Solidarity’s Place in History: An Evaluation after 40 Years

A Call for Papers

Mobilization’s European office is assisting the sponsorship of a conference on Solidarity’s legacy at Adam Mickiewicz University, Poznań, Poland, June 4-5, 2020. Solidarity’s nonviolent challenge to Soviet-style communism was mass-based, strategic, and enduring. It was the key link in the chain of events that ended Europe’s post-war division. We call for papers that analyze Solidarity’s historical, cultural, social, theoretical, and spiritual legacies. Accepted papers will be organized according to three themes: Solidarity’s place in the Cold War, its place in the social sciences, and its ideological heritage. Send abstracts and 100-word bio to the coordinator, Krzysztof.Brzechczyn@ipn.gov.pl by March 31.

Open call for Contributions to the Research Handbook on Law, Movements, and Social Change

Part of the Research Handbooks in Law & Society Series by Edward Elgar Publishing, edited by Austin Sarat and Rosemary Hunter

  • Editors:  Steve Boutcher (UMass Amherst), Corey Shdaimah (U of Maryland), and Michael Yarbrough (CUNY-John Jay)
  • Confirmed contributors: Lynette Chua, Ching-Fang Hsu, Salman Hussain, Filiz Kahramann, Tshepo Madlingozi, Michael McCann, Sindiso Mnisi Weeks, Anne Revillard, Atef Said, Mihaela Serban, Rachel Seoighe, Danish Sheikh, Farrah Tek, Viviane Weitzner

In these unsettled times, the study of law and social movements provides an ideal lens for rethinking fundamental questions about the relationship between law and power. This Handbook takes up that challenge, using this historical moment as an opportunity to frame a new, more global and dynamic phase of law and social movement studies.

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Chair’s Message

Tina Fetner, McMaster University

How are we supposed to teach our courses, complete our studies and write up our findings when so much collective action and social change is going on all around us? Impeachment hearings in the U.S. House of Representatives. Climate strikes mobilizing hundreds of thousands of demonstrators around the world. White nationalists and other right-wing extremists gathering strength in online forums. As scholars of collective behavior and social movements, we may have trouble catching our breath at times, but at least we will never be bored.

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CBSM Events at ASA 2019

This list includes the sessions and events sponsored by the Collective Behavior and Social Movements Section at the annual ASA meeting in New York City. It also includes thematic sessions that have a CBSM focus. The CBSM-sponsored events are noted with asterisks. The theme for this year’s conference, “Engaging Social Justice for a Better World,” has much to do with activism, movements, and organizing, so many other sections are offering sessions that may be of interest to CBSM members—there were too many to list here! We encourage you to view the full program at: https://convention2.allacademic.com/one/asa/asa19/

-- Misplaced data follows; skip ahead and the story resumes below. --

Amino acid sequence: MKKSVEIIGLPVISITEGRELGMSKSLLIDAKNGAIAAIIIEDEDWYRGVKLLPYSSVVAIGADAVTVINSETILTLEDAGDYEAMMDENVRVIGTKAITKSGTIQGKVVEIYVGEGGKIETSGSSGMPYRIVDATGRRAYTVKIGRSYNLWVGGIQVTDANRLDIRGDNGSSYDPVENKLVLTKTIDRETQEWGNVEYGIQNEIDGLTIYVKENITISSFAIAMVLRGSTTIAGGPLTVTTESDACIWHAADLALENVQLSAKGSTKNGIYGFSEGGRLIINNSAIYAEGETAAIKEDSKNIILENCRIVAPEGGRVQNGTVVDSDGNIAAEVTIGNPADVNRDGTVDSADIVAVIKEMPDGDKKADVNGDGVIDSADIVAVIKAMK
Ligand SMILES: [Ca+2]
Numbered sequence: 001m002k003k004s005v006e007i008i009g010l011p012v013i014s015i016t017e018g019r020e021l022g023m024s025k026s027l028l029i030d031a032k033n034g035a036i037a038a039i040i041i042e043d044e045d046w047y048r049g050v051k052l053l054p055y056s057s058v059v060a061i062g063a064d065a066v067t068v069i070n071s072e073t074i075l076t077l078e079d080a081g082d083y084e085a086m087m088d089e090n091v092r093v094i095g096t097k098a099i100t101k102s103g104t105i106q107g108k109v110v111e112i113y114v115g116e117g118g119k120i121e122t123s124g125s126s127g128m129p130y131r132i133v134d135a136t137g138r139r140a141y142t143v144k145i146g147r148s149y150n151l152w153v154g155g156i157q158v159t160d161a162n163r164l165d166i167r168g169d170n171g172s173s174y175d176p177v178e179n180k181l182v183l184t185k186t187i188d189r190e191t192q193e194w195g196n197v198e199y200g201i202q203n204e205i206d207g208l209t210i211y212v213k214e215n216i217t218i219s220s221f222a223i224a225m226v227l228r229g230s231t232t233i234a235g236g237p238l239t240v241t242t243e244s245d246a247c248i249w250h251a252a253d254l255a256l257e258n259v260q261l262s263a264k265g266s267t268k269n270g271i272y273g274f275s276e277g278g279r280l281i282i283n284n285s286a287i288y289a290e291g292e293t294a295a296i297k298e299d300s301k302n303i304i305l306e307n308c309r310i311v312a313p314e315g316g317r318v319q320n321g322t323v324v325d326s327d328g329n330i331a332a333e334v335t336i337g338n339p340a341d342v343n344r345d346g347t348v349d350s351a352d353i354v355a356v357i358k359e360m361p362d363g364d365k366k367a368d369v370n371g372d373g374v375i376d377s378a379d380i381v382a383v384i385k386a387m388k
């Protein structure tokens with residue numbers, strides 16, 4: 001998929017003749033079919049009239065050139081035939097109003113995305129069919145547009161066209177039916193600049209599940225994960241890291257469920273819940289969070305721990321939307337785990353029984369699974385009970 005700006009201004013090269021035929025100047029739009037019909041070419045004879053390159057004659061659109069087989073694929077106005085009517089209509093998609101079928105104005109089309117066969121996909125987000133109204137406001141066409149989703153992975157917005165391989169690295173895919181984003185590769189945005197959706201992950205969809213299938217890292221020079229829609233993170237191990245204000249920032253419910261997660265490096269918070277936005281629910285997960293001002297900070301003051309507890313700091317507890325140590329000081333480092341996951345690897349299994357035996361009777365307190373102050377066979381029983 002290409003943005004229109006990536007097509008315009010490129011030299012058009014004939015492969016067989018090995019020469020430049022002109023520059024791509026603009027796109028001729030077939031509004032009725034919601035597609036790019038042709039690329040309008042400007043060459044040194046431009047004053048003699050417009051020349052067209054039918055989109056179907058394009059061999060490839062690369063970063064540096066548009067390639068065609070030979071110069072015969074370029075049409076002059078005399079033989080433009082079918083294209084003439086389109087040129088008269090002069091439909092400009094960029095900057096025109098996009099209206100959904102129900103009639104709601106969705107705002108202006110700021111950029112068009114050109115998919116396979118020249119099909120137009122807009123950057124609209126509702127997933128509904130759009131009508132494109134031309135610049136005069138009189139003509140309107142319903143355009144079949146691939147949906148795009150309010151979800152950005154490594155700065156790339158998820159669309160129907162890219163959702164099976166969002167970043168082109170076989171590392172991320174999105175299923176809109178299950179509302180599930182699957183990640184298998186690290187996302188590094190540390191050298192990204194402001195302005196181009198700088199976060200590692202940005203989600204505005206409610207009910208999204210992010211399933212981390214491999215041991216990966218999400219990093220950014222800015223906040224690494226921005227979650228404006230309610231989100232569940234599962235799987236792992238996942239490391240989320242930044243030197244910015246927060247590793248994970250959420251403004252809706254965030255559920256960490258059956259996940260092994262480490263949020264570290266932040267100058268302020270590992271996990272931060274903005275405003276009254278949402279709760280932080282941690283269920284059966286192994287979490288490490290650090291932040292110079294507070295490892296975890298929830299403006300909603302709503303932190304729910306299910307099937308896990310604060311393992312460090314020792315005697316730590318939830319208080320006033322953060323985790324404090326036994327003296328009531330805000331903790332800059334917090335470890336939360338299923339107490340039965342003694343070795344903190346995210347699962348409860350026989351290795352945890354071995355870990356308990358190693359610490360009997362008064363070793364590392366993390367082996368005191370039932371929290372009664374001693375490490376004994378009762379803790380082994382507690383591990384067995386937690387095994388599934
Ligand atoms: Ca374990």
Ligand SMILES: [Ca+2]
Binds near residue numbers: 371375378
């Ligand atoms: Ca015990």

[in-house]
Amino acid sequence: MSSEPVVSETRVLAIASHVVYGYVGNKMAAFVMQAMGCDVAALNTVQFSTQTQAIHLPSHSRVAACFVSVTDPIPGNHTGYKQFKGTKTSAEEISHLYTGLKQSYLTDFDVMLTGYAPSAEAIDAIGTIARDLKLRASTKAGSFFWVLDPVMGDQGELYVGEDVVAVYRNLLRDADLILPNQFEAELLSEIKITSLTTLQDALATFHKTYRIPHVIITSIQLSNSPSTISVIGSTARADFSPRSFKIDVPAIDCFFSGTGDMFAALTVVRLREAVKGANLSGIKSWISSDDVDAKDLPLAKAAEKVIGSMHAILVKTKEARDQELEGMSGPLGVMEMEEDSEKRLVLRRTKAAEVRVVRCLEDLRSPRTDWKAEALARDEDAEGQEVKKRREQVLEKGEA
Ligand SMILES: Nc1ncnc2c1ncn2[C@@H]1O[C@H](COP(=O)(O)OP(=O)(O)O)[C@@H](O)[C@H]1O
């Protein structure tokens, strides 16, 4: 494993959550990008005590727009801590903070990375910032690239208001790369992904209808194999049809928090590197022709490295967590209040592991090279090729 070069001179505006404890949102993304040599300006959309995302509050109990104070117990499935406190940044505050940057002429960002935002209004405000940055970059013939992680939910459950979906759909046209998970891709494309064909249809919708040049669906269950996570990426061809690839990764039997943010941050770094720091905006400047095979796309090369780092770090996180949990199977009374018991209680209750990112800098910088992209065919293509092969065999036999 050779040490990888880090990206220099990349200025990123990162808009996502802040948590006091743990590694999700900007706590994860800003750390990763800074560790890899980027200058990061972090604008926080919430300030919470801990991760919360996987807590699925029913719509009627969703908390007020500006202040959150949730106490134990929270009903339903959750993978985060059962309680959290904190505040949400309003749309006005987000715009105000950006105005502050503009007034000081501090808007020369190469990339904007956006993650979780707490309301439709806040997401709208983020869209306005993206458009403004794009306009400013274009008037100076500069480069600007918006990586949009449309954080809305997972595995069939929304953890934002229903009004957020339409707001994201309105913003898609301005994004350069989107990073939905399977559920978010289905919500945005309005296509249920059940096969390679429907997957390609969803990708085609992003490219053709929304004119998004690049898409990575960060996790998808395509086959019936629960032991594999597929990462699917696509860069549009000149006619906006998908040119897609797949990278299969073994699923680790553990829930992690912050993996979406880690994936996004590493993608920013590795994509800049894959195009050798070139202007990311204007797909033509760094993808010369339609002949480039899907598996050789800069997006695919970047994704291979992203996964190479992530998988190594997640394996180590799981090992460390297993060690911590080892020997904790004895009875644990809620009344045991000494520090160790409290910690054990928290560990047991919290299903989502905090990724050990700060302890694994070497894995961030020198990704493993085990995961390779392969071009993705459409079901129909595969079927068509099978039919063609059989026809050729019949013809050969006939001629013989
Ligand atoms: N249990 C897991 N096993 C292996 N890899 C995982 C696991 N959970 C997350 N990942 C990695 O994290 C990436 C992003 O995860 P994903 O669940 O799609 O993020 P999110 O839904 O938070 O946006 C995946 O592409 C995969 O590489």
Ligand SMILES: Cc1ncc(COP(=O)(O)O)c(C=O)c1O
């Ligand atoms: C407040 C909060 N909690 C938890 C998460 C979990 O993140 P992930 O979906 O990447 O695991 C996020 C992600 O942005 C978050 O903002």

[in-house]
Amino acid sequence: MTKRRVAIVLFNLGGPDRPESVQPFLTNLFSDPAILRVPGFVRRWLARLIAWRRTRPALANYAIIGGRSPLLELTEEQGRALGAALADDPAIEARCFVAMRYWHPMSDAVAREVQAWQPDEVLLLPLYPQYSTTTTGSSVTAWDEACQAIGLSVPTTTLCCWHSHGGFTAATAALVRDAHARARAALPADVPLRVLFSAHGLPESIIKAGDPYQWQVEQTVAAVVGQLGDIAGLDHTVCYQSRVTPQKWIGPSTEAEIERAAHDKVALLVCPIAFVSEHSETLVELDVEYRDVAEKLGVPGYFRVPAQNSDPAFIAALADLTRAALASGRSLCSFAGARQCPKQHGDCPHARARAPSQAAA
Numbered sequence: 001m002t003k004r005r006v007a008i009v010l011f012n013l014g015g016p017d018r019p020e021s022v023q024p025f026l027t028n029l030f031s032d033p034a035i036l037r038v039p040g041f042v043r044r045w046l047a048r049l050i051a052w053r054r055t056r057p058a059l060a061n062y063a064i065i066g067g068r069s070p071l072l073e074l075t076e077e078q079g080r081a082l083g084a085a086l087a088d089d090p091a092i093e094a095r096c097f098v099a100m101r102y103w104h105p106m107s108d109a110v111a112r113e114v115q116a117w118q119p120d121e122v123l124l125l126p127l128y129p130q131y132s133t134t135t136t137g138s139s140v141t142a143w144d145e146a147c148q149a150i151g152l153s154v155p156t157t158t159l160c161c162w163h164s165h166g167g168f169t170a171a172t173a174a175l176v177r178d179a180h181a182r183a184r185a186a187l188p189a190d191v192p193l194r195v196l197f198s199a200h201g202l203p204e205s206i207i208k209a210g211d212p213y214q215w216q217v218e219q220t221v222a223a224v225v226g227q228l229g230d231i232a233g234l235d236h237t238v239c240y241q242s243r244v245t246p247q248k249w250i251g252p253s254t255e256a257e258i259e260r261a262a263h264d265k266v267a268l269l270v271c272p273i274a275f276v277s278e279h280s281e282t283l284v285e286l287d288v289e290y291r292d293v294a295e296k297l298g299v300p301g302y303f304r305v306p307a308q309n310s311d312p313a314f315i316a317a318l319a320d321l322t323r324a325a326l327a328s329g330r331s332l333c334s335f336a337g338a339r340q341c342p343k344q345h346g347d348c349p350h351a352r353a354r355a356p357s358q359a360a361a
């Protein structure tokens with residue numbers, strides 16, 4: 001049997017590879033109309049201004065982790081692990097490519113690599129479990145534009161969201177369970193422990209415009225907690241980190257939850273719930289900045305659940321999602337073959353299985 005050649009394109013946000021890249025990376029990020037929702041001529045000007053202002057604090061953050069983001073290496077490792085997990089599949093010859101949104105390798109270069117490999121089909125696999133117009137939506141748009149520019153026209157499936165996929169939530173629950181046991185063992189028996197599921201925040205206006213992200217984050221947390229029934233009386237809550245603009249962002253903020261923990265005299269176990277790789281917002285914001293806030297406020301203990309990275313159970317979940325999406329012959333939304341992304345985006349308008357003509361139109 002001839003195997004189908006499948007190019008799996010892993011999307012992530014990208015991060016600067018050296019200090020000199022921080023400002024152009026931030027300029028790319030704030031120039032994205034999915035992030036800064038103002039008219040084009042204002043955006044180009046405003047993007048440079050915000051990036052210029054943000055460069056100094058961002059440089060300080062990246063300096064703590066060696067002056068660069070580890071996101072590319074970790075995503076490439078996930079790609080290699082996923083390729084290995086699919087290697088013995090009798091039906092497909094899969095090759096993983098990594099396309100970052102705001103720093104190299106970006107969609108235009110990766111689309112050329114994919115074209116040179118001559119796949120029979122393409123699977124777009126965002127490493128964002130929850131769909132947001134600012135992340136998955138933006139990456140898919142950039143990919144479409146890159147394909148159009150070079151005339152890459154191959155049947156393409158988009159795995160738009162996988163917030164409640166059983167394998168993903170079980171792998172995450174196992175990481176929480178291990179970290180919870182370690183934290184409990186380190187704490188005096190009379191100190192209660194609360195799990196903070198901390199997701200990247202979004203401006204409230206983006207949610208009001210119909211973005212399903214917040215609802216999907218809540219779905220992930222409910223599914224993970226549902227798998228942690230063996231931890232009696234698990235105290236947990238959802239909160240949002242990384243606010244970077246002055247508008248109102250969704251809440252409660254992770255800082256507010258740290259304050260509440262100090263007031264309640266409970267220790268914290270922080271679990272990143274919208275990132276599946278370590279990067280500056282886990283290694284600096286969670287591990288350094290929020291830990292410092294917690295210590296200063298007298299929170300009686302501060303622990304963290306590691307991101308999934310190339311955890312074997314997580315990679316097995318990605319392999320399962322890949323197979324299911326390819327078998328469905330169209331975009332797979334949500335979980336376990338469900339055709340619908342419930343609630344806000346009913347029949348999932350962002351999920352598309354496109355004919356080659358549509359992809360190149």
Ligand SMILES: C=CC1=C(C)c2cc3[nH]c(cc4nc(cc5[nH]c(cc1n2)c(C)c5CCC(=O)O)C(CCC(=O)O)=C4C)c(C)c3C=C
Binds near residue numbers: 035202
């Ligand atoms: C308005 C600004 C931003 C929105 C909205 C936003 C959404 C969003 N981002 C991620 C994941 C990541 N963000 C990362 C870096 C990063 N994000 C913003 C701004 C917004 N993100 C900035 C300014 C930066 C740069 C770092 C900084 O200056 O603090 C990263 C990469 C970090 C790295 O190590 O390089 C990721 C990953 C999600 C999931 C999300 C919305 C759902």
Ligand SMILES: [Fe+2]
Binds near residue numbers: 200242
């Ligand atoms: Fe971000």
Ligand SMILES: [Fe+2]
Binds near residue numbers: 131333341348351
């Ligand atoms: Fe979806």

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Contention supports CBSM

Berghahn Journals is supporting the 2019 reception for the members of the Collective Behavior and Social Movements section of the American Sociological Association. Berghahn publishes Contention: The Multidisciplinary Journal of Social Protest, a journal dedicated to research on social protest, collective action and contentious politics. Contention’s mission is to bridge scholarly divides and promote knowledge exchange across a diverse audience of scholars in the social sciences and humanities. Editors: Benjamin Abrams, University of Cambridge and Giovanni A. Travaglino, The Chinese University of Hong Kong

If you are a member of the American Sociological Association, you can get full access to Contention through August 31st.

Interface: a journal for and about social movements

Volume eleven, issue one of Interface, a peer-reviewed online journal produced and refereed by social movement practitioners and engaged movement researchers, is now out. Interface is open-access (free), global and multilingual. The overall aim is to “learn from each other’s struggles”: to develop a dialogue between practitioners and researchers, but also between different social movements, intellectual traditions and national or regional contexts.

Like all issues of Interface, this issue is free and open-access. You can download articles individually or a complete PDF of the issue (4.29 MB). This issue of Interface includes 259 pages and 14 pieces.

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Symposium: Corporate Power and Local Democracy

Just out from the Journal of World-Systems Research is a symposium on corporate power and local democracy that deals centrally with the role of community-based movements in confronting global capitalism. The six essays featured in the symposium consider specific community conflicts with corporations over water and petro-carbon as part of larger translocal struggles, and address up broader strategies for asserting democratic control over economic life. This symposium was edited by Ben Manski and includes contributions from Jackie Smith, Theo Lequesne, Richard Flacks, Caitlin Schroering, Thomas Hanna, Barry Feldman and Mason Herson-Hurd.

See JW-SR 25:1 at: https://jwsr.pitt.edu/ojs/index.php/jwsr/issue/view/74